At some point, we are going to have to forget the politicians, at least temporarily, and have our own conversations about the direction the country should take. If we can achieve consensus, or at least agree to some broad principles, we can at least add clarity to the messages we send to Washington.
Where to start? Perhaps with something most of us already agree on: Two out of three voters, Rasmussen points out, believe the best thing government can do to help the economy is to cut spending. That should not only help the current generation, it should be noted; it will also save our children and grandchildren from crushing debt.
It might seem off that voters obviously unhappy with the current level of government would send the team now in charge of the current government back to Washington. But the fact is that heading into the election, most voters did not think it mattered whether President Obama or Mitt Romney won – nothing much would change regardless.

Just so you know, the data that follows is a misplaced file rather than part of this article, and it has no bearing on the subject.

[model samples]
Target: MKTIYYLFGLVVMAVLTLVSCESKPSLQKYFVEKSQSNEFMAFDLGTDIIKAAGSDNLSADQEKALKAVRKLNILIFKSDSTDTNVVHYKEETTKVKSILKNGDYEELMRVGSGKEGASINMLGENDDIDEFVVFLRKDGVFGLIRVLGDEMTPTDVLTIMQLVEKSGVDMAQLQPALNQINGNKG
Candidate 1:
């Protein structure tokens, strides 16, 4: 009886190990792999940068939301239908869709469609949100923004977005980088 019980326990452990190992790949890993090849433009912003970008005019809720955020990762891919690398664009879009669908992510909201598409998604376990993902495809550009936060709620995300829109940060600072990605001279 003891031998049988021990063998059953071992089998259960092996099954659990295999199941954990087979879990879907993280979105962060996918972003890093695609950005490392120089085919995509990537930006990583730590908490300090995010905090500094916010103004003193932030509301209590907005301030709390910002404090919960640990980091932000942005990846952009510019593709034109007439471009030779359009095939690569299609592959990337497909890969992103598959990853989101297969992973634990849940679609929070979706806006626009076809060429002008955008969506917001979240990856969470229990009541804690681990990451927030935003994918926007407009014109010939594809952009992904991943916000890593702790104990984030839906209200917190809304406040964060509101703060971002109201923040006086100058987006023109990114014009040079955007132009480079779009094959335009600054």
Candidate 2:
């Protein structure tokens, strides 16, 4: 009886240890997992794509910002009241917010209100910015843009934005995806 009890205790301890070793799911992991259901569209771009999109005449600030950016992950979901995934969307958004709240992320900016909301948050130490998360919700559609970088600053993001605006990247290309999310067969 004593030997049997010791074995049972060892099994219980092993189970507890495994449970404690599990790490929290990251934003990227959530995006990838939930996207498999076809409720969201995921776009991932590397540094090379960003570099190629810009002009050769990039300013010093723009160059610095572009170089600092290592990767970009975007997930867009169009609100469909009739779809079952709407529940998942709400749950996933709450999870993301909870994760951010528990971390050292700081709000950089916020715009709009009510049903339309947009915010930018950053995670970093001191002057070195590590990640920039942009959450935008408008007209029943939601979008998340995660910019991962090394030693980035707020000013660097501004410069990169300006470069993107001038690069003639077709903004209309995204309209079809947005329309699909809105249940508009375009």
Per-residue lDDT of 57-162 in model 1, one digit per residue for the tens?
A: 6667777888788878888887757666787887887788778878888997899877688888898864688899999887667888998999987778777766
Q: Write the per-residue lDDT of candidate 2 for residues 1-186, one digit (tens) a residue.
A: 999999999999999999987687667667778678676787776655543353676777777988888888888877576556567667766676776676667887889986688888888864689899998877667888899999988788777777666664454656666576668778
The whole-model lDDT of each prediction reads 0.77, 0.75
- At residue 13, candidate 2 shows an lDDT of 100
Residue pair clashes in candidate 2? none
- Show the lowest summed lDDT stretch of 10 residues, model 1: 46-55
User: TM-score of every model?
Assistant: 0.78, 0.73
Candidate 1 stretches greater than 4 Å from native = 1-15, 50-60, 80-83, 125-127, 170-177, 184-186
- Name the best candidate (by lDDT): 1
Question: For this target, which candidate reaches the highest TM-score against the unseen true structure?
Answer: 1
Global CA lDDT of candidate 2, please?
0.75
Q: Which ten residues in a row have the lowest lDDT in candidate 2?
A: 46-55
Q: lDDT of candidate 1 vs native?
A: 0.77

Sadly, they are right. Do we keep waiting for the perfect set of executive and legislative leaders to come along, or do we thrash this thing out ourselves?
Don’t doubt that it will be a hard job. It will require everybody to give up something. Just as we have run out of other people’s money to spend, we have run out of “other people’s programs” to cut. Government has become so involved in our lives that it cannot be reduced without a reduction in the services everybody receives.
We know the level of government we like – who doesn’t want to be provided for in one way or another? But for the future of this country and the well-being of future generations, we need to decide how much government we’re actually willing to pay for. And that decision had better come sooner rather than later.